DENNIS DODSON and Bob Calloway hardly could have been more different in terms of personality. But both left indelible marks, both at James Monroe High School and the Rappahannock Area YMCA.

And both will be sorely missed.

“I’m really sad,” YMCA Chief Executive Officer Barney Reiley said Thursday. “The Y was really blessed to have both those guys in our orbit. They were instrumental in our growth.”

Less that two weeks after Dodson succumbed to complications of ALS (better known as Lou Gehrig’s Disease), Calloway died Wednesday of apparent heart issues.

Calloway dedicated most of his 73 years to his love of tennis—first as JM’s successful coach, then as the tennis director at the YMCA that Dodson helped develop.

“It’s really hard,” said JM coach Rich Serbay, who knew both men well. “Dennis was one of the best football players ever at James Monroe, and Bob was probably the best coach ever. They were two great individuals.”

In their own ways, both Dodson and Calloway were game-changers in Fredericksburg-area sports and recreation.

The mild-mannered Calloway coached JM’s boys tennis team for 31 years, winning three state championships and coming close several other times. Reiley called him “an icon.”

Calloway stepped down in 2003 to take over the YMCA’s program, working with players of all ages and skill levels.

“The experience and knowledge he had [was key], because he’d been doing it for so long,” said Jim Light, who succeeded Calloway as the Y’s tennis director. “If we had a meeting with all of the area’s tennis people together, we wanted him there.”

Calloway came out of retirement last spring to help coach the JM girls in their run to the Class 3 state title match after head coach Robin Castles had a family schedule conflict.

And though football and tennis require vastly different skill sets, Calloway found a big admirer in Serbay.

“He was one of the hardest-working men I’ve ever known,” Serbay said. “I’ll always remember our conversations. He was one of my best friends.”

Added Reiley: “The YMCA is devastated. Bob was kind of a grandfather to the staff. Everybody had an exchange with Bob at some point or another, and they all thought the world of him. He was so easy-going and kind. He was a true gentleman.”

That term wasn’t the first one most of his friends would apply to Dodson, a larger-than-life figure who was as outgoing as Calloway was reserved.

“Dennis was full of life, and he lived his life wide open,” Reiley said, “but he was also an incredible guy.”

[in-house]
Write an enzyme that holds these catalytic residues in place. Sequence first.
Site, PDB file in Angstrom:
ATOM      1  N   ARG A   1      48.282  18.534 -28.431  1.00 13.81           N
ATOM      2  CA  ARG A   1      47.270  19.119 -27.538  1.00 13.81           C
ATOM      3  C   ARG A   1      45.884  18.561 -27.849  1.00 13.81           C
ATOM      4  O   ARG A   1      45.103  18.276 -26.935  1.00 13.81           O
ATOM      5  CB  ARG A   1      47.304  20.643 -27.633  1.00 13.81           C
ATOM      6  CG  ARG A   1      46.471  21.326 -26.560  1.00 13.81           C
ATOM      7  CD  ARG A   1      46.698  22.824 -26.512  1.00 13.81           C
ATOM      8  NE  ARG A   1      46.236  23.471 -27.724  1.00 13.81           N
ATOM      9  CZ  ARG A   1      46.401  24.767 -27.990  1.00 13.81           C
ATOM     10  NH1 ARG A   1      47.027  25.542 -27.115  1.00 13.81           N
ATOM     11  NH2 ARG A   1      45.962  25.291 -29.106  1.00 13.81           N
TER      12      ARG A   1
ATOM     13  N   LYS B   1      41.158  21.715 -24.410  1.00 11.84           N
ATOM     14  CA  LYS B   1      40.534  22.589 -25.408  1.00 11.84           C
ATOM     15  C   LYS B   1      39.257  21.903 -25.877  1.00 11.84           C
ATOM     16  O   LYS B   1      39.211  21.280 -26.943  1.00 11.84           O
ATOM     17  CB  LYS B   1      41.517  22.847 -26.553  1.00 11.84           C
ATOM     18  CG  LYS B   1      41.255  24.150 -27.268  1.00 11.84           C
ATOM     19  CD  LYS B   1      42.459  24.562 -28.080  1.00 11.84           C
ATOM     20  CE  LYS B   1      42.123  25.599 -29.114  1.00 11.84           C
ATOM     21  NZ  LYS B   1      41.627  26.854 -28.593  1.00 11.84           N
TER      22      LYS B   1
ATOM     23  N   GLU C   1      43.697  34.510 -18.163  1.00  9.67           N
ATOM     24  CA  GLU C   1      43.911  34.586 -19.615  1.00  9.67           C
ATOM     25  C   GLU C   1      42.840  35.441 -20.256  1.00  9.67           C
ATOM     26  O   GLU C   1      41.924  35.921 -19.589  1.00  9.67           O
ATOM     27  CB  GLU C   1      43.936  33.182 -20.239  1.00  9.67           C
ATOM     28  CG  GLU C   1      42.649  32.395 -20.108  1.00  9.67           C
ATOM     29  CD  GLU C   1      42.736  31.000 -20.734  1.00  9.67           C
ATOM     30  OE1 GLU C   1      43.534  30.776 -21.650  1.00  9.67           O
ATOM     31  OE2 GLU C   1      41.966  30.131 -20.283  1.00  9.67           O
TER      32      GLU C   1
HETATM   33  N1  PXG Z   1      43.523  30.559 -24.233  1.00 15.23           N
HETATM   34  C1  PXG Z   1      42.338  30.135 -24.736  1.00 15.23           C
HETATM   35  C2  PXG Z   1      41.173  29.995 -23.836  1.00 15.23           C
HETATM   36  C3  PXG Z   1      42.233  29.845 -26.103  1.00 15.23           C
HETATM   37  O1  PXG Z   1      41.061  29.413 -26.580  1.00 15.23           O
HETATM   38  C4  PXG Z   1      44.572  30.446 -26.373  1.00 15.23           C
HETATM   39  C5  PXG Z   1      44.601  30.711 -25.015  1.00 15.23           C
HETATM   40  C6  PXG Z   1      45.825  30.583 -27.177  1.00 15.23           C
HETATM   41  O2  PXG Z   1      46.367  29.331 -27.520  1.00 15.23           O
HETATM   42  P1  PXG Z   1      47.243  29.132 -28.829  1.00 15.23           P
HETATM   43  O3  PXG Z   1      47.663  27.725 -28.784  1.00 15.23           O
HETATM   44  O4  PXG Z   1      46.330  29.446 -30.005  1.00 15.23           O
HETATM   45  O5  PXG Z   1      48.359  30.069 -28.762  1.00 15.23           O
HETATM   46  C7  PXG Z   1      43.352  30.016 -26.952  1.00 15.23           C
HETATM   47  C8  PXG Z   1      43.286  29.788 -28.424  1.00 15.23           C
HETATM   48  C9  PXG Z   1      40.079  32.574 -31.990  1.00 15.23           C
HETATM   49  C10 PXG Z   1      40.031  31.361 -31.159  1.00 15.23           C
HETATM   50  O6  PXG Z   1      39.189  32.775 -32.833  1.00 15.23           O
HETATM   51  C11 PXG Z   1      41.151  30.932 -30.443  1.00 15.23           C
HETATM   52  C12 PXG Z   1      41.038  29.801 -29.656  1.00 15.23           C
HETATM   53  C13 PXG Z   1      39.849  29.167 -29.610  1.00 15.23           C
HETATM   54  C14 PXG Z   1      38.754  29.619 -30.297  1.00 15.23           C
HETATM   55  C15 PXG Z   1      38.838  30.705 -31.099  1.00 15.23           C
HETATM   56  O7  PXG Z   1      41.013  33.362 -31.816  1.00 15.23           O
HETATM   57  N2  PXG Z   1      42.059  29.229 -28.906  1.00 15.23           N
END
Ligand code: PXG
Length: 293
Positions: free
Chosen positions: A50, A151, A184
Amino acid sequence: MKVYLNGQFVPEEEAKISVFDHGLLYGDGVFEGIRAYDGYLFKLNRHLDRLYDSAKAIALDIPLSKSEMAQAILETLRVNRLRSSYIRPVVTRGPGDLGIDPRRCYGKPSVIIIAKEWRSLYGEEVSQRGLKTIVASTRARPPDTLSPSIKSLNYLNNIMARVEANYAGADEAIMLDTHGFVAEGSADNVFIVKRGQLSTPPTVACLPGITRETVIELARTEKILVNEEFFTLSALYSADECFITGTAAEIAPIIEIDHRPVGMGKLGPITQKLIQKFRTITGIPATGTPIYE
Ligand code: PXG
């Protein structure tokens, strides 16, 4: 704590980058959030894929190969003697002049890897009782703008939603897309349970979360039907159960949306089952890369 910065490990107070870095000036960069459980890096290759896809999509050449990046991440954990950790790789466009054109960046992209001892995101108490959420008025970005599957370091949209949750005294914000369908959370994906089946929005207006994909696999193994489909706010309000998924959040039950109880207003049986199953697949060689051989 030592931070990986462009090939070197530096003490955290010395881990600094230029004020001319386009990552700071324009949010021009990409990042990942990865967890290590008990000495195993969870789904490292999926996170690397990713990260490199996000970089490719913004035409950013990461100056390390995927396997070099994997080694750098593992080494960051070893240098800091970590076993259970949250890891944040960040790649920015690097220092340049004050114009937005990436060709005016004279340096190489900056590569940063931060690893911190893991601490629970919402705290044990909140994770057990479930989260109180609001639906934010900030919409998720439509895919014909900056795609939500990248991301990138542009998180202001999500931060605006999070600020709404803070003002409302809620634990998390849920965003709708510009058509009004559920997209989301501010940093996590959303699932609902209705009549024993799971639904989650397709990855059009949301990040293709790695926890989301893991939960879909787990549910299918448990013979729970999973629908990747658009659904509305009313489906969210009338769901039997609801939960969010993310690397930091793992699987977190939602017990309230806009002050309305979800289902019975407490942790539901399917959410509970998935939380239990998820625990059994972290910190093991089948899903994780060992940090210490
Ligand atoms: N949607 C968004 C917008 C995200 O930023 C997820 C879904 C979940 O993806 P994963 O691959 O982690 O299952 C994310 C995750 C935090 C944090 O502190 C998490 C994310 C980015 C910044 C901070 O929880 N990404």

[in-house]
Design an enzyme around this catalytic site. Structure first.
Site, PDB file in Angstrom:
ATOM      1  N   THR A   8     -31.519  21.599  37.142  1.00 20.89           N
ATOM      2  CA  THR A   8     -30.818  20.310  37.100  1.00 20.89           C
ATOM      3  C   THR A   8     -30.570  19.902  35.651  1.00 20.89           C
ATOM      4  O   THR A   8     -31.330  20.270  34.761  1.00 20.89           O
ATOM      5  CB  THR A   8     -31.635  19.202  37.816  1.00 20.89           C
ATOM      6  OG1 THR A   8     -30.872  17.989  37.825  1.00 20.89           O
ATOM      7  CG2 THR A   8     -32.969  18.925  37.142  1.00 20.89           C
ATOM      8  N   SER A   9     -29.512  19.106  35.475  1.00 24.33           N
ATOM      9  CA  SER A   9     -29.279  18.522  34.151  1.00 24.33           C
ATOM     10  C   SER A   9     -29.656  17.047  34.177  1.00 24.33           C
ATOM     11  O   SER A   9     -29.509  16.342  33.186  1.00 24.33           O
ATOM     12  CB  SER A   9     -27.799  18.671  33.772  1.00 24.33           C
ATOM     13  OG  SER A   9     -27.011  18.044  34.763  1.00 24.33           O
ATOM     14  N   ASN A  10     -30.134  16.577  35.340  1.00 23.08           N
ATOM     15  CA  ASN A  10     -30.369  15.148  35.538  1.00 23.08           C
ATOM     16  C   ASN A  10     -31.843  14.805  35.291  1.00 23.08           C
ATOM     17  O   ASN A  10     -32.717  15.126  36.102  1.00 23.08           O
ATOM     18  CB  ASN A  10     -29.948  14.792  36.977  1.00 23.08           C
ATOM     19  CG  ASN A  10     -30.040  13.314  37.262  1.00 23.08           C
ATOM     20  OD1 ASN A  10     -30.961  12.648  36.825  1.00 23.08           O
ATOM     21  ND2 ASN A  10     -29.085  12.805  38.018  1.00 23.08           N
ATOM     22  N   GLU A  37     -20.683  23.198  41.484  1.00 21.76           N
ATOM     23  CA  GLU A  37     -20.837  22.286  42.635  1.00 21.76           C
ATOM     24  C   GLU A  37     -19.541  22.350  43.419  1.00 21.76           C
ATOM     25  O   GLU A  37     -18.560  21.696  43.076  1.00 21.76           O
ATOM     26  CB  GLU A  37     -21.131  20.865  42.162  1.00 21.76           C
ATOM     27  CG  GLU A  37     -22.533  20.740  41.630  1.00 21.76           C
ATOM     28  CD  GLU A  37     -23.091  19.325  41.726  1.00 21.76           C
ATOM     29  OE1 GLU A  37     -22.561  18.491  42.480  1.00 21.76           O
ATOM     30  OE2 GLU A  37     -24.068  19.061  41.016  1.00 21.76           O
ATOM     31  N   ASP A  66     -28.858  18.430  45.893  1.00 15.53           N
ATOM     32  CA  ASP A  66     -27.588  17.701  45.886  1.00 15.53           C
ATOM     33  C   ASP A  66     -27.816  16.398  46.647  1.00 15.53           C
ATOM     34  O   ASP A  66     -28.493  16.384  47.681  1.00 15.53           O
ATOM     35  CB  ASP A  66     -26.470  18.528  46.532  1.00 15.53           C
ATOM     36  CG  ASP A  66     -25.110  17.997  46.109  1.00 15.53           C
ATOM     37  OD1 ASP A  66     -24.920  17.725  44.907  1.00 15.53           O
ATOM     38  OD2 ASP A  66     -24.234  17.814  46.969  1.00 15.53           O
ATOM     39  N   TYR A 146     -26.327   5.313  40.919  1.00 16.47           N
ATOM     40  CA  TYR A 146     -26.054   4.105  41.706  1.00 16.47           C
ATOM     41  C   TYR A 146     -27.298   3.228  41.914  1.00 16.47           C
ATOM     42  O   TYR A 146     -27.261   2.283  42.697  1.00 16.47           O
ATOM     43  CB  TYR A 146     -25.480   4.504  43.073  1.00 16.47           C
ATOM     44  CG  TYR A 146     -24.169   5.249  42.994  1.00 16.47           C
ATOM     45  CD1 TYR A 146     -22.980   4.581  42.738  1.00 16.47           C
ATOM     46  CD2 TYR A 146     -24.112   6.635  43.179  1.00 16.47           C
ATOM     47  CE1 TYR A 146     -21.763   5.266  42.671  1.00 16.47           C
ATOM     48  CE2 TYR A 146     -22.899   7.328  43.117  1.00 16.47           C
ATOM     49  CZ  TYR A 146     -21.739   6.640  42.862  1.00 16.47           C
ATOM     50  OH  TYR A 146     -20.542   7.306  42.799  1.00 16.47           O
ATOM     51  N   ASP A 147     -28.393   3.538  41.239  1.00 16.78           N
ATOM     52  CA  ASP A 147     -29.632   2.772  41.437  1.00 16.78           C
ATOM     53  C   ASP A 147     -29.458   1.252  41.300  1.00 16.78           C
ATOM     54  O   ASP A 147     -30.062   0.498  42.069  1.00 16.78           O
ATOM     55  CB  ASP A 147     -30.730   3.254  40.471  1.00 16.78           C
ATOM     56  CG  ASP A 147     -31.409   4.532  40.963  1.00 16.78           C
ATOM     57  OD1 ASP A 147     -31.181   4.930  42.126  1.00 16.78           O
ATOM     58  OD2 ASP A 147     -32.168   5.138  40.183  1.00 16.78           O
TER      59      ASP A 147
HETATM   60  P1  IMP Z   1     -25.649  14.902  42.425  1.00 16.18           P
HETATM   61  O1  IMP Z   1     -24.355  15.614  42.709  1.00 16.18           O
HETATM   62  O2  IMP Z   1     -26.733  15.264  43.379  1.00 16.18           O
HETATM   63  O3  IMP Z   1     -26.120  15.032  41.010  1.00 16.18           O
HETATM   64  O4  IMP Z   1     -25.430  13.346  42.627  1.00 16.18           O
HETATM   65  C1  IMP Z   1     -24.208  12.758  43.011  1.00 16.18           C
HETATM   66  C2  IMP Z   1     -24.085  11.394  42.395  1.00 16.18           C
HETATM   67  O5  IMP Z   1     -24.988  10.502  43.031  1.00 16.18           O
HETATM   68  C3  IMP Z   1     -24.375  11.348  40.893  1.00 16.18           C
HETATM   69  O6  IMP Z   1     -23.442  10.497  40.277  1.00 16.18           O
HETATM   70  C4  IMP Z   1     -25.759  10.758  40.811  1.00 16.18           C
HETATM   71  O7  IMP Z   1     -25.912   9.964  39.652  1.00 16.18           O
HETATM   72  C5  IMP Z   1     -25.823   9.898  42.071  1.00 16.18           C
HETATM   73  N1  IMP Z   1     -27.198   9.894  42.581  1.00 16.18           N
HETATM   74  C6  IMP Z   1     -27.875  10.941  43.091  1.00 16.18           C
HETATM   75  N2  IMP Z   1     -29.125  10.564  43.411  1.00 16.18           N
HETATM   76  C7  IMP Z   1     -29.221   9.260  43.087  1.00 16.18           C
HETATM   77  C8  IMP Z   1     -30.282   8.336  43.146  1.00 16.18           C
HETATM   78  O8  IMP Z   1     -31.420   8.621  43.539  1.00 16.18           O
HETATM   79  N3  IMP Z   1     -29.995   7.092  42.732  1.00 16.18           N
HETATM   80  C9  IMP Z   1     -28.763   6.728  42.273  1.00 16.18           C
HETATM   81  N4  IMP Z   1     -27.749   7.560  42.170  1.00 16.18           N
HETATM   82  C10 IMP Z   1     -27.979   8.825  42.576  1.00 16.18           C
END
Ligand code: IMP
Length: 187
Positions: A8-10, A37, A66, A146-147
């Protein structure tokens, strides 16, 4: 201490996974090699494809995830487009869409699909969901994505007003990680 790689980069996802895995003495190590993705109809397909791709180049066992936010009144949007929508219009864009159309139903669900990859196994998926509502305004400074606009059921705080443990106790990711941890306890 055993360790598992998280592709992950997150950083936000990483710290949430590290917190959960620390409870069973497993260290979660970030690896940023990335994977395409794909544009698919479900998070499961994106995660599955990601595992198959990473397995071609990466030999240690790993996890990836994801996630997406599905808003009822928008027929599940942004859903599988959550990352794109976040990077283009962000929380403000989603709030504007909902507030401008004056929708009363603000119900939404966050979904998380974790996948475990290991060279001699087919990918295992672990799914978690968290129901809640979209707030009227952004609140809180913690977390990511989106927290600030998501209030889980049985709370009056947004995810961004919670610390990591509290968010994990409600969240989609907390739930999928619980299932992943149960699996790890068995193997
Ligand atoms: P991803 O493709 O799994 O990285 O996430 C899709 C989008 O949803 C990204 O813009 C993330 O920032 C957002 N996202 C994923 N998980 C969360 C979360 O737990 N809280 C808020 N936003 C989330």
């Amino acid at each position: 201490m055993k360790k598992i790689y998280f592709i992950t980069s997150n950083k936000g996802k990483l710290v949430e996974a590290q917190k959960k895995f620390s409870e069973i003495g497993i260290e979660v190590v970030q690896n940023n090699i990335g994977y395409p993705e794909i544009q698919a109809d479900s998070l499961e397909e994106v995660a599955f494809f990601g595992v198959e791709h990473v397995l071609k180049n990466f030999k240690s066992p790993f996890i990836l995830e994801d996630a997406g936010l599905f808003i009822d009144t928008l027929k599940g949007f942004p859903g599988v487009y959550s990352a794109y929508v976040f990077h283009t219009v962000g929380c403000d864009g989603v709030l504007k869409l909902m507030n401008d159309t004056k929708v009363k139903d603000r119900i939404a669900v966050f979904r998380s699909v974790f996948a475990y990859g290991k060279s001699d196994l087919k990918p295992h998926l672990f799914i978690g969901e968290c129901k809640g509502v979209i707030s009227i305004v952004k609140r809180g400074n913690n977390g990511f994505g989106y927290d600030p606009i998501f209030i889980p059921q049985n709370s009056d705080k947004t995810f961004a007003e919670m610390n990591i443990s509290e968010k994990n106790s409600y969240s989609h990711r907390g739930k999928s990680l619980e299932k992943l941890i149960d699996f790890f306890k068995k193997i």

After starring in football and basketball at JM—where he scored the game-winning basket in the 1969 state championship game—Dodson started for three years for Virginia Tech’s football team. His tenure included some success but also a 77–6 loss to Bear Bryant’s Alabama juggernaut in 1973 that provided fodder for Dodson’s legendary story-telling ability.

His gregarious nature helped him become a successful local insurance agent. He also joined the YMCA’s board of directors in the early 1990s, helping raise funds to greatly expanded its Falmouth facilities to include a gymnasium and build facilities in neighboring counties.

Dodson also kept feeding his competitive appetite with weekly racquetball games against Reiley, who was a novice to the sport at the time. Reiley eventually closed the gap and made their self-officiated matches tighter, but he noticed a recurring theme.

“As I got better, he had an uncanny knack that any time there was a contested call, they’d always go in his favor,” Reiley said. “He’d say, ‘I had a really good look at that one.’ But if I won the point, he’d say, ‘I don’t know, let’s play that point over.’ ”

Reiley praised Dodson’s charitable contributions and noted that even after he had overcome cancer and was dealing with ALS at age 67, he’d work in the Y’s weight room, lifting a fraction of the weight he once hoisted.

“He could hardly lift a dumbbell, but he’d lift 5 or 10 pounds. That’s how much pride he had,” Reiley said. “He went out with his boots on. With Bob, it was equally hard, but it was difficult because it caught us off guard.”

This story was updated to correct the spelling of Barney Reiley and his title.

Steve DeShazo: 374-5443

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